Welcome back to the working week. Are you ready to get our hands a little dirty this morning?
Good. We have an IPO to catch up on, one I should have kept up with in the past few weeks. Regardless, today we’re looking at Zeta Global’s latest IPO filing ahead of its eventual pricing.
The Exchange explores startups, markets and money.
Read it every morning on Extra Crunch or get The Exchange newsletter every Saturday.
Zeta Global is not a firm that I am very familiar with, but because Crunchbase notes that the New York-based startup has raised north of $ 600 million in private capital in the form of both equity financing and debt, it’s a unicorn worth understanding.
The gist is that Zeta ingests and crunches lots of data, helping its users market to their customers on a targeted basis throughout their individual buying lifecycles. In simpler terms, Zeta helps companies pitch customers in varied manners depending on their own characteristics.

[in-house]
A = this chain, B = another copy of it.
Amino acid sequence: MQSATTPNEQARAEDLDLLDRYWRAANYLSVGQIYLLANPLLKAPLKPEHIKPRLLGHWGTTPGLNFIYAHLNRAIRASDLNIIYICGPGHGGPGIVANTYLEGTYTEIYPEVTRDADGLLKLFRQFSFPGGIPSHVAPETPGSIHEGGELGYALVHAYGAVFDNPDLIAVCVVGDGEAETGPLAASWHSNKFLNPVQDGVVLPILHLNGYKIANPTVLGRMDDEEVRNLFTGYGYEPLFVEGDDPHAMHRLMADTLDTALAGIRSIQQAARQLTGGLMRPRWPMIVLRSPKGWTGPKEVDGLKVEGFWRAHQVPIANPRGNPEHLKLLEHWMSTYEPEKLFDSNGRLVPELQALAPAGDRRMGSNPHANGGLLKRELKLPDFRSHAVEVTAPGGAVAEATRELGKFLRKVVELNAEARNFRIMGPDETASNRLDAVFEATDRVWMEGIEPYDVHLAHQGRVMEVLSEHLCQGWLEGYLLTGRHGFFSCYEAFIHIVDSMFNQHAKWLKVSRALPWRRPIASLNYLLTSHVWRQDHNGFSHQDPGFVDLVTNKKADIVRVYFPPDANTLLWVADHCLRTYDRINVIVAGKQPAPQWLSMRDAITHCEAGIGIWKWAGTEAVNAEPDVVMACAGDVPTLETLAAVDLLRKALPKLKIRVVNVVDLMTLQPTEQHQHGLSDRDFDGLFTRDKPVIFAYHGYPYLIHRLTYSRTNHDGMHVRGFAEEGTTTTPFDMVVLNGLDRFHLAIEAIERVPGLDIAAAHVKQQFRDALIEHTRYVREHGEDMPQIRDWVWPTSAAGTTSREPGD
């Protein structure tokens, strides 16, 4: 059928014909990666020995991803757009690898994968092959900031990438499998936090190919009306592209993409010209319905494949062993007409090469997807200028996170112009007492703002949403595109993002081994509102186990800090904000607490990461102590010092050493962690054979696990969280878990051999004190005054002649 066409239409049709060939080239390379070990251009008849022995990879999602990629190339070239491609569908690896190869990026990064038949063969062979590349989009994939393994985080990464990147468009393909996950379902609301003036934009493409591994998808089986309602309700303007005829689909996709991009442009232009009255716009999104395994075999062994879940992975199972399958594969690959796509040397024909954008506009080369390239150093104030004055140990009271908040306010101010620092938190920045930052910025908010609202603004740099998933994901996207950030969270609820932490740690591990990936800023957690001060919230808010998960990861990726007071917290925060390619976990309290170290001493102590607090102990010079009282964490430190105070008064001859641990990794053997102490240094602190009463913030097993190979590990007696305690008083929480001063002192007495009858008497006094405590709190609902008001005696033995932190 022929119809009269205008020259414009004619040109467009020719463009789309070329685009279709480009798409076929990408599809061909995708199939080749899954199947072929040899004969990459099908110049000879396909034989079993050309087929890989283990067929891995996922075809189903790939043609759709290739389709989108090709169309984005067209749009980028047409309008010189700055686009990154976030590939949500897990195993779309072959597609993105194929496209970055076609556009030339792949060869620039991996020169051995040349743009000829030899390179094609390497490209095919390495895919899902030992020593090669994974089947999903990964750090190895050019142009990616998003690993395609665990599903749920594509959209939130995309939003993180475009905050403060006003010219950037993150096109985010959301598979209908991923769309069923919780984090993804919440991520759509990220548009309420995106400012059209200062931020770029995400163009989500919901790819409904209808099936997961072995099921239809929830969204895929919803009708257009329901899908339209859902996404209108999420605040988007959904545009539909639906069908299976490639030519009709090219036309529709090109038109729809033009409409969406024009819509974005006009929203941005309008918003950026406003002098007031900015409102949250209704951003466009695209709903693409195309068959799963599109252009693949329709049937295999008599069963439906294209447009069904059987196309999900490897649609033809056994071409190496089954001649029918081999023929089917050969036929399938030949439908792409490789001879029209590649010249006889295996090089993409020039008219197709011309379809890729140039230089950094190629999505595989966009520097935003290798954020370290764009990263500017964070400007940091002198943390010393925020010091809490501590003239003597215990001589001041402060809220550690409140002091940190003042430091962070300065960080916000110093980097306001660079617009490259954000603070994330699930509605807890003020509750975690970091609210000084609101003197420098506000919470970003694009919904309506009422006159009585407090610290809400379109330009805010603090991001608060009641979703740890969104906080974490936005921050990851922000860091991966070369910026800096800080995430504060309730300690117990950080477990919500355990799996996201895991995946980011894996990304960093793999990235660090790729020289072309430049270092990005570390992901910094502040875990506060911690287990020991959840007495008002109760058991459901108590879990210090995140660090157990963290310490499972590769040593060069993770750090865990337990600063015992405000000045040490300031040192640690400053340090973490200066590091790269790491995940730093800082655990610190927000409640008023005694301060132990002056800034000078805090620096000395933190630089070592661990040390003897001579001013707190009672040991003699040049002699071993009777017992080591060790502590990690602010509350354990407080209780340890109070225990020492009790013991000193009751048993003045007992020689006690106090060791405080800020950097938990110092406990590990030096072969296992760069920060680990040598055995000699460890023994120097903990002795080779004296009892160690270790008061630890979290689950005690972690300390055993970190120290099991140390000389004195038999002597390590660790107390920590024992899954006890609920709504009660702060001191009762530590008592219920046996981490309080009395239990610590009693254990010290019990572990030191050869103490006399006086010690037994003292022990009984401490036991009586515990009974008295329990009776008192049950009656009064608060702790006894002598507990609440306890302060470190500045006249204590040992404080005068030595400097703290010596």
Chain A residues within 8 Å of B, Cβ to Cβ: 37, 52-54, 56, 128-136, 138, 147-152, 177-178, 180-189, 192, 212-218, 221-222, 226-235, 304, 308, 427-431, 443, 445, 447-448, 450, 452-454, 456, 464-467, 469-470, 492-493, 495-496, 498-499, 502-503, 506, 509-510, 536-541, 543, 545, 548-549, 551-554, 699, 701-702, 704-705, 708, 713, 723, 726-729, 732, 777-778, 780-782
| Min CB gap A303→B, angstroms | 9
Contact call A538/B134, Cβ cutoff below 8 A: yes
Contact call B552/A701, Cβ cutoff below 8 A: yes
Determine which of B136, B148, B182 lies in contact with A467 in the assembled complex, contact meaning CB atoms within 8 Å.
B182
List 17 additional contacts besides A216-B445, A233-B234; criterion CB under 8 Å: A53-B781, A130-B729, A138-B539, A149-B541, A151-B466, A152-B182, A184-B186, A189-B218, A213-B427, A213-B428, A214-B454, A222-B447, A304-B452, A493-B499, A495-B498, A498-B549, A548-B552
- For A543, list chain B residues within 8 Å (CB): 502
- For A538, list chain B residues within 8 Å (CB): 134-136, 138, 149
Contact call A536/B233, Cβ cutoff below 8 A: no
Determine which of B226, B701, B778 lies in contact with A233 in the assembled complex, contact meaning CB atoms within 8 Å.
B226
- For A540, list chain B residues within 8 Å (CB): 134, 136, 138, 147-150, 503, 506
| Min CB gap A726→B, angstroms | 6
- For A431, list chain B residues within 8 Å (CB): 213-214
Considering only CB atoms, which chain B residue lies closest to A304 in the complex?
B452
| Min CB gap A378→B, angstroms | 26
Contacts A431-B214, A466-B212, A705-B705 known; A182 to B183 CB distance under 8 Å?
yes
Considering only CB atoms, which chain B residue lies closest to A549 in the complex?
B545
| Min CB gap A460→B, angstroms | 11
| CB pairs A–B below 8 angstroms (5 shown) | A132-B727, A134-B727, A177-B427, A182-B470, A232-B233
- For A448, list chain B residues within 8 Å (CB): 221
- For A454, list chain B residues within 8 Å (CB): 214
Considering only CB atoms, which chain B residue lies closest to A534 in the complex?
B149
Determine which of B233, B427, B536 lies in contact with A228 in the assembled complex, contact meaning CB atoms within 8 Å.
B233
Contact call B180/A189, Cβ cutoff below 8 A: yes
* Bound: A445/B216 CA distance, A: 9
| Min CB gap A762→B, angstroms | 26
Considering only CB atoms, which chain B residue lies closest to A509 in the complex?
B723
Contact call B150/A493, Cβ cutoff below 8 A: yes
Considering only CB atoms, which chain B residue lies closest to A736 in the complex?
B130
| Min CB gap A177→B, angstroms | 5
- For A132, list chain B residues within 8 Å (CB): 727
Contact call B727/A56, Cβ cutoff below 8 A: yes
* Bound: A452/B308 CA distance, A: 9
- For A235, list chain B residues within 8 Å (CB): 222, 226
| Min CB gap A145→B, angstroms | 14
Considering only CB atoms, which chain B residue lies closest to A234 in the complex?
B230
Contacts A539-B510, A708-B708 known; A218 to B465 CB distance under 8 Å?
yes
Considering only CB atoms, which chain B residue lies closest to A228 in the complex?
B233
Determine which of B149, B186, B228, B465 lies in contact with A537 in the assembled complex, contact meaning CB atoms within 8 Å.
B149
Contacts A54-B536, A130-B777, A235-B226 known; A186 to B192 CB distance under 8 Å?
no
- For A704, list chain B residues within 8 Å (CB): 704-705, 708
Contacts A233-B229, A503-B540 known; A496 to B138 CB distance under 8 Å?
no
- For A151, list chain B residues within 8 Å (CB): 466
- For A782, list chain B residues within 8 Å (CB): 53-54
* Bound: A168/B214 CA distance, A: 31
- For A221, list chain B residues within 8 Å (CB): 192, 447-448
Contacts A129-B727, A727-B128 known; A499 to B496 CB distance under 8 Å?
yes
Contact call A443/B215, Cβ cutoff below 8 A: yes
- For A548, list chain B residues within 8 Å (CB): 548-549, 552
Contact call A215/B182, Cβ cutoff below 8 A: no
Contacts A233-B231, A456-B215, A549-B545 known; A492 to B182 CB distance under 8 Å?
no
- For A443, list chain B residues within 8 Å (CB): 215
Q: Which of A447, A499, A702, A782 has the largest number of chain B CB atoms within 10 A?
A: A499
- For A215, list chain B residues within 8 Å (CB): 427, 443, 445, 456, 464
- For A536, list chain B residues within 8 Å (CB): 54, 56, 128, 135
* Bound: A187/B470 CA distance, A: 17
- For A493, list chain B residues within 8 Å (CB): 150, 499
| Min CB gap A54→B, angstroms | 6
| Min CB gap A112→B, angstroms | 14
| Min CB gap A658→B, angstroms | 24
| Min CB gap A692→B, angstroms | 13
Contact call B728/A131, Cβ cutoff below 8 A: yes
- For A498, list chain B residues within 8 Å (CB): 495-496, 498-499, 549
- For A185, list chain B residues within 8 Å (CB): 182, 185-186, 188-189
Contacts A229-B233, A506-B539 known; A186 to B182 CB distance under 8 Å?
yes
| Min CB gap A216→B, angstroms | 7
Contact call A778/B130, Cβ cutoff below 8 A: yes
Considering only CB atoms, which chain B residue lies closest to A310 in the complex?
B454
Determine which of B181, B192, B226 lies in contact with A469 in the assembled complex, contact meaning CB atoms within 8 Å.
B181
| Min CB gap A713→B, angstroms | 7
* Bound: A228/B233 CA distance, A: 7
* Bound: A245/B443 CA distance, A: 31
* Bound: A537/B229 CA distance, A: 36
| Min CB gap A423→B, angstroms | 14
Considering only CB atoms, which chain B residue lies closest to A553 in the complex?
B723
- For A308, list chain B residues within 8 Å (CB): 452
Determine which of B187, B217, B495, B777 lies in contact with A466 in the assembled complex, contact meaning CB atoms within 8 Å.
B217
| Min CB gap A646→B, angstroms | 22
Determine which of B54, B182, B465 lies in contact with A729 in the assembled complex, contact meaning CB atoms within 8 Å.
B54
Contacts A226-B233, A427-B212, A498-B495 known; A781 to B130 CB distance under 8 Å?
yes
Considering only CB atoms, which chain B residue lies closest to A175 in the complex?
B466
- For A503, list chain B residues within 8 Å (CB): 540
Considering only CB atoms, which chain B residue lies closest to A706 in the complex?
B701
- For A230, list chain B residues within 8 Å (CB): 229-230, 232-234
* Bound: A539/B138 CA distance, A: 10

You can imagine that, as the digital economy has grown, the sort of work Zeta Global supports has only expanded. So, has Zeta itself grown quickly? And does it have an attractive business profile? We want to know. We’ll also poke around its final private valuation so that we can see how much that number matches up — or doesn’t — to its recent financial results.
Sound good? Let’s find out why Staley Capital, GCP Capital Partners, Franklin Square Group, GPI Capital and others backed the firm.
Zeta Global’s business in brief
It can be useful to dissect a company’s marketing materials not just to see how well they describe themselves, but also to grok how they want to be perceived in the marketplace. Zeta is one such case.
Via its S-1 filings, here’s how it wants you to understand its business:
Zeta is a leading omnichannel data-driven cloud platform that provides enterprises with consumer intelligence and marketing automation software. We empower our customers to target, connect and engage consumers through software that delivers personalized marketing across all addressable channels, including email, social media, web, chat, connected TV (“CTV”) and video, among others.
If that didn’t make a lot of sense, it’s OK.